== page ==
To assess the osmotic stress tolerance of the transgenic Arabidopsis lines, we performed seed germination assays on 1/2 MS solid medium supplemented with different concentrations of mannitol (0, 150, and 300 mM) and monitored the seed germination rate for 5 d. We observed no significant difference in seed germination among the four strains of Arabidopsis (WT, VC, OE-19, and OE-26) on the medium without mannitol and noted that all seeds from the four strains germinated within 5 d (Fig. 7B). However, under the presence of 150 mM mannitol, the germination rate of the transgenic seeds (OE-19 and OE-26) was significantly higher than that of WT and VC during the first three days (Fig. 7C). Moreover, in the presence of 300 mM mannitol, the germination rates of WT and VC seeds were 88% and 86%, respectively, while those of OE-19 and OE-26 seeds were both above 90% (Fig. 7D).

Furthermore, to determine the association of TaWRKY31 with drought tolerance, we examined the root length of Arabidopsis seeds from the four strains (WT, VC, OE-19, and OE-26) on 1/2 MS solid medium supplemented with different concentrations of mannitol (0, 150, and 300 mM). Under normal conditions, no significant difference in root length was observed among WT, VC, and transgenic plants. However, compared to WT and VC, the transgenic strains exhibited significantly longer roots under low concentrations of mannitol (150 mM). This difference became more pronounced when a higher concentration of mannitol (300 mM) was applied (Fig. 7E–J).

Fig. 7
figure 7

Effect of mannitol treatment on TaWRKY31 overexpression in Arabidopsis. (A) Gene verification of TaWRKY31 in overexpressed (OE) lines by RT-PCR. (B, C, and D) Germination of TaWRKY31 OE lines on 1/2 MS plates containing mannitol (0, 150, and 300 mM). (E-J) The statistics of root length after mannitol treatments (0, 150, and 300 mM) for 5 d. Asterisks indicate the significant difference among WT, VC, and OE lines under the same treatment (**** p < 0.0001). Scale bar represents 10 mm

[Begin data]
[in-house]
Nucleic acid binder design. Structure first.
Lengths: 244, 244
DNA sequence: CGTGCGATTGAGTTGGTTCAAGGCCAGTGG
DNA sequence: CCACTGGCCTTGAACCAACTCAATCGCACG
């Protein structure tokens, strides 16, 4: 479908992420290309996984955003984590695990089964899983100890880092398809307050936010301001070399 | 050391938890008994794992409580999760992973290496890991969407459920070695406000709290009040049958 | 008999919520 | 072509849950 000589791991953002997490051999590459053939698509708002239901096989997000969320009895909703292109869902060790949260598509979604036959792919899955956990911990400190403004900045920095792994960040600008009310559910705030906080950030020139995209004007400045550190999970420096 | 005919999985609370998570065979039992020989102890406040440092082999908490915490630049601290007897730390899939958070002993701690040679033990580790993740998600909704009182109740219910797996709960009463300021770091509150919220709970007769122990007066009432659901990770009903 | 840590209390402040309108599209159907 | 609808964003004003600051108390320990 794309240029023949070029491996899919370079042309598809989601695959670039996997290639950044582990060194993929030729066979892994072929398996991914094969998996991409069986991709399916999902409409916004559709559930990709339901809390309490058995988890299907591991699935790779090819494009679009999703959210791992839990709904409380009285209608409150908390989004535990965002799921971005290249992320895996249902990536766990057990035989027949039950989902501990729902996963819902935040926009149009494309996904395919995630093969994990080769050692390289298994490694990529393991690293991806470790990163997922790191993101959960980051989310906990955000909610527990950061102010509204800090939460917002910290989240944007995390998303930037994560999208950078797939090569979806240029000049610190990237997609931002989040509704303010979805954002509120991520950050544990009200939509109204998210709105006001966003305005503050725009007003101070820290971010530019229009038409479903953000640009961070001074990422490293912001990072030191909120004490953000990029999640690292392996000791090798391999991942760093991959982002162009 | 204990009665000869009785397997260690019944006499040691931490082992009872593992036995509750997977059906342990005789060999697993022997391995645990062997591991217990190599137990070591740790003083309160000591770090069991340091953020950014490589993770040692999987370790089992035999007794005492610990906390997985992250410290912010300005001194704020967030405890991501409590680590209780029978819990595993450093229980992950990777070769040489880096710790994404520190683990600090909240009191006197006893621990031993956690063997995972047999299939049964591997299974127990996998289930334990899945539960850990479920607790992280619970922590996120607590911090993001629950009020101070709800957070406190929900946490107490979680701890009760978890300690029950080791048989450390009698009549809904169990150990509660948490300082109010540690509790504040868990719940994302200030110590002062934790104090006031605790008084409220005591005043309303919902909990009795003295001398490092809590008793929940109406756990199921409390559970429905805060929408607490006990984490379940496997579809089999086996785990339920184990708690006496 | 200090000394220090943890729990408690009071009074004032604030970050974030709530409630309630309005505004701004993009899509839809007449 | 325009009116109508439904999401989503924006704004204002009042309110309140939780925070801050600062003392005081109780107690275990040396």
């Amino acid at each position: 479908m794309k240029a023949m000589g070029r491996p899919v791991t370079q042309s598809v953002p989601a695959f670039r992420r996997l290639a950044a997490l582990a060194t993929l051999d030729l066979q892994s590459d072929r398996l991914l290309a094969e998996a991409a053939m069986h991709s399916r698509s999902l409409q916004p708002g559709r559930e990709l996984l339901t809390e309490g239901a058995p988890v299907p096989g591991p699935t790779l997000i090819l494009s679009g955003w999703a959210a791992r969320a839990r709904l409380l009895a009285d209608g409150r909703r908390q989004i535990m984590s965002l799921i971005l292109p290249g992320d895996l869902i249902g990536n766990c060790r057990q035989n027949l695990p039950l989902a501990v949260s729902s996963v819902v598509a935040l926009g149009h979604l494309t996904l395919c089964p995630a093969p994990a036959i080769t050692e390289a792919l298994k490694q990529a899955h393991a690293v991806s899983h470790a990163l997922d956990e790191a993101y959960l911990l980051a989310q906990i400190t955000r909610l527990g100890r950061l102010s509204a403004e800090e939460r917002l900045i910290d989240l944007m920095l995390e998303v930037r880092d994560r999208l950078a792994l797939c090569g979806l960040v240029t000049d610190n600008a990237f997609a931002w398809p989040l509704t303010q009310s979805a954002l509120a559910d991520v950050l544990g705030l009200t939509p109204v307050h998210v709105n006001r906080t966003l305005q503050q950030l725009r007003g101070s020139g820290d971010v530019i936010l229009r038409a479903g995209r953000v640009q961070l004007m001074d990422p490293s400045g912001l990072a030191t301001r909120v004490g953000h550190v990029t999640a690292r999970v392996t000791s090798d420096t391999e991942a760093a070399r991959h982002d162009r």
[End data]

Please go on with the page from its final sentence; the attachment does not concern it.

TaWRKY31 overexpression inhibits stomatal opening and water loss

Stomatal movement plays a crucial role in the survival of plants under drought conditions by regulating transpiration. Herein, we examined stomatal closure of leaves when exposed to 7.5% PEG. Under normal conditions, the stomata of plants from all four strains (WT, VC, OE-19, and OE-26) were predominantly open, and no significant difference was observed in stomatal aperture ratio between the transgenic plants and the WT and VC plants (Fig. 8A). However, after treatment with 7.5% PEG, the stomatal aperture (width/length ratio) in the transgenic strains was significantly smaller than that in the WT and VC plants. The stomatal aperture decreased to 0.58 and 0.60 in the two transgenic strains, respectively, being significantly lower than that in the WT and VC strains (Fig. 8B). Furthermore, we measured the WLR of isolated rosette leaves at the indicated time intervals. As shown in Fig. 8C, the WLRs of both OE-19 and OE-26 strains were significantly lower than those of WT and VC plants, except at 0 h. However, no significant difference was observed in the WLRs of leaves of OE-19 and OE-26 strains, indicating that overexpression of TaWRKY31 leads to a slower rate of water loss from the leaves.

Fig. 8
figure 8

Phenotypes of TaWRKY31 overexpressing Arabidopsis after drought treatment. (A and B) Stomatal aperture of transgenic Arabidopsis under 7.5% PEG treatment. (C) Water loss rate of transgenic Arabidopsis seedlings. Asterisks indicate significant differences (**** p < 0.0001)

Overexpression of TaWRKY31 alters the physiological and biochemical properties of transgenic plants

To further validate the role of TaWRKY31 in enhancing drought stress resistance in transgenic Arabidopsis, physiological parameters of WT, VC, and transgenic plants were analyzed under both 10 d of drought stress and normal water conditions. One of the indicators of oxidative damage in plant cells under stress conditions is the content of MDA, a product of membrane lipid peroxidation. Under normal conditions, no significant difference was observed in MDA content among WT, VC, and transgenic strains. However, under drought stress, the MDA content increased in all strains. Remarkably, the MDA content in the transgenic lines, OE-19 and OE-26, was approximately 0.65 times that of WT and VC (Fig. 9A).

To investigate whether TaWRKY31 contributes to the degradation of excessive H2O2 in leaves, we quantified the H2O2 content in the leaves. Under normal conditions, all four strains (WT, VC, OE-19, and OE-26) exhibited extremely low levels of H2O2. However, after drought treatment, the H2O2 content increased in all strains, with transgenic plants showing approximately 43.7% greater content than that observed in WT and VC plants (Fig. 9B). Furthermore, we measured SOD, POD, and CAT activities. Under drought conditions, the activities of SOD, POD, and CAT were significantly higher in OE-19 and OE-26, being 1.64, 2.06, and 1.77 times higher than those in WT and VC, respectively. However, we observed no significant difference in these activities between OE-19 and OE-26 transgenic lines (Fig. 9C–E). These findings suggest that transgenic plants may enhance drought tolerance by regulating the ROS system.

Fig. 9
figure 9